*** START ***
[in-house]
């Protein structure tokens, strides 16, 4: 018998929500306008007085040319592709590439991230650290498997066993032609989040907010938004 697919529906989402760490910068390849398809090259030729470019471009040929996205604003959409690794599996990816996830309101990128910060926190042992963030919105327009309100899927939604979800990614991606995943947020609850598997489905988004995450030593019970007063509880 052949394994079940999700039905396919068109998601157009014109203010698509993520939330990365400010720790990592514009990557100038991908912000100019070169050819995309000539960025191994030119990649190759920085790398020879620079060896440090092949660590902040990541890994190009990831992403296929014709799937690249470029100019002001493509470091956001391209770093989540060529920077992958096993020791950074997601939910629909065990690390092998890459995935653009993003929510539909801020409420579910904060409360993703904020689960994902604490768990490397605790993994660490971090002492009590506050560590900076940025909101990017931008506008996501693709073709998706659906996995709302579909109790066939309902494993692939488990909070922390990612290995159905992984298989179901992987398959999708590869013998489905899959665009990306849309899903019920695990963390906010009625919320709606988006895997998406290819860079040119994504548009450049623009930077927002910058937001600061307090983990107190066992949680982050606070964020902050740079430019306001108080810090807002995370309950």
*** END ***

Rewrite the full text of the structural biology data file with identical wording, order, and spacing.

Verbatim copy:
[in-house]
């Protein structure tokens, strides 16, 4: 018998929500306008007085040319592709590439991230650290498997066993032609989040907010938004 697919529906989402760490910068390849398809090259030729470019471009040929996205604003959409690794599996990816996830309101990128910060926190042992963030919105327009309100899927939604979800990614991606995943947020609850598997489905988004995450030593019970007063509880 052949394994079940999700039905396919068109998601157009014109203010698509993520939330990365400010720790990592514009990557100038991908912000100019070169050819995309000539960025191994030119990649190759920085790398020879620079060896440090092949660590902040990541890994190009990831992403296929014709799937690249470029100019002001493509470091956001391209770093989540060529920077992958096993020791950074997601939910629909065990690390092998890459995935653009993003929510539909801020409420579910904060409360993703904020689960994902604490768990490397605790993994660490971090002492009590506050560590900076940025909101990017931008506008996501693709073709998706659906996995709302579909109790066939309902494993692939488990909070922390990612290995159905992984298989179901992987398959999708590869013998489905899959665009990306849309899903019920695990963390906010009625919320709606988006895997998406290819860079040119994504548009450049623009930077927002910058937001600061307090983990107190066992949680982050606070964020902050740079430019306001108080810090807002995370309950």